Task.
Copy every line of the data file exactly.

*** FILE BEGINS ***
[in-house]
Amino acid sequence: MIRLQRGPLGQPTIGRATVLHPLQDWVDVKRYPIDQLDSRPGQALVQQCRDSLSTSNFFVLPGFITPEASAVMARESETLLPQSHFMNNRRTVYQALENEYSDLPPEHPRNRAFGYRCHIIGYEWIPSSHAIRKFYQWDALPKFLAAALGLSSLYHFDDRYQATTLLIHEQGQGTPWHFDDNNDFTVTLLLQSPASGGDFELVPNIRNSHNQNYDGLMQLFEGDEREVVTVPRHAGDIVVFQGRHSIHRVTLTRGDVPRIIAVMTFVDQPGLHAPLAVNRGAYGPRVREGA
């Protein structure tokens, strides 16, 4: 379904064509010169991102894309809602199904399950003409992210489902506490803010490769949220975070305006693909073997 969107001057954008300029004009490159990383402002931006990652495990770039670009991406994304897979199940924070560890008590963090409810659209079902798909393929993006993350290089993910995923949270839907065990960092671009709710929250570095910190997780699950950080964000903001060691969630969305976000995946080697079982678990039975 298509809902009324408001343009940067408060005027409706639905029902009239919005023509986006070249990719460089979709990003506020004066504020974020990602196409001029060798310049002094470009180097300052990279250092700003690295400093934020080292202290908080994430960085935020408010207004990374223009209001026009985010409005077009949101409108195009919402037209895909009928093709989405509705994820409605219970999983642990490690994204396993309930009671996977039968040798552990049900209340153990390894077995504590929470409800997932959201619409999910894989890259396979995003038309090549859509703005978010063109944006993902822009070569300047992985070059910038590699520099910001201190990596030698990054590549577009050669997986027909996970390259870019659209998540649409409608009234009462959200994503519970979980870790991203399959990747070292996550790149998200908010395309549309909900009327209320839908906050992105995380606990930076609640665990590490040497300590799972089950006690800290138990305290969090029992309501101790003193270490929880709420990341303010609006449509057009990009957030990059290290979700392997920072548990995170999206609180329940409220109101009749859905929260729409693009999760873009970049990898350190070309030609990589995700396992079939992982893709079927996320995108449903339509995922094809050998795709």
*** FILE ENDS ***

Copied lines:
[in-house]
Amino acid sequence: MIRLQRGPLGQPTIGRATVLHPLQDWVDVKRYPIDQLDSRPGQALVQQCRDSLSTSNFFVLPGFITPEASAVMARESETLLPQSHFMNNRRTVYQALENEYSDLPPEHPRNRAFGYRCHIIGYEWIPSSHAIRKFYQWDALPKFLAAALGLSSLYHFDDRYQATTLLIHEQGQGTPWHFDDNNDFTVTLLLQSPASGGDFELVPNIRNSHNQNYDGLMQLFEGDEREVVTVPRHAGDIVVFQGRHSIHRVTLTRGDVPRIIAVMTFVDQPGLHAPLAVNRGAYGPRVREGA
């Protein structure tokens, strides 16, 4: 379904064509010169991102894309809602199904399950003409992210489902506490803010490769949220975070305006693909073997 969107001057954008300029004009490159990383402002931006990652495990770039670009991406994304897979199940924070560890008590963090409810659209079902798909393929993006993350290089993910995923949270839907065990960092671009709710929250570095910190997780699950950080964000903001060691969630969305976000995946080697079982678990039975 298509809902009324408001343009940067408060005027409706639905029902009239919005023509986006070249990719460089979709990003506020004066504020974020990602196409001029060798310049002094470009180097300052990279250092700003690295400093934020080292202290908080994430960085935020408010207004990374223009209001026009985010409005077009949101409108195009919402037209895909009928093709989405509705994820409605219970999983642990490690994204396993309930009671996977039968040798552990049900209340153990390894077995504590929470409800997932959201619409999910894989890259396979995003038309090549859509703005978010063109944006993902822009070569300047992985070059910038590699520099910001201190990596030698990054590549577009050669997986027909996970390259870019659209998540649409409608009234009462959200994503519970979980870790991203399959990747070292996550790149998200908010395309549309909900009327209320839908906050992105995380606990930076609640665990590490040497300590799972089950006690800290138990305290969090029992309501101790003193270490929880709420990341303010609006449509057009990009957030990059290290979700392997920072548990995170999206609180329940409220109101009749859905929260729409693009999760873009970049990898350190070309030609990589995700396992079939992982893709079927996320995108449903339509995922094809050998795709």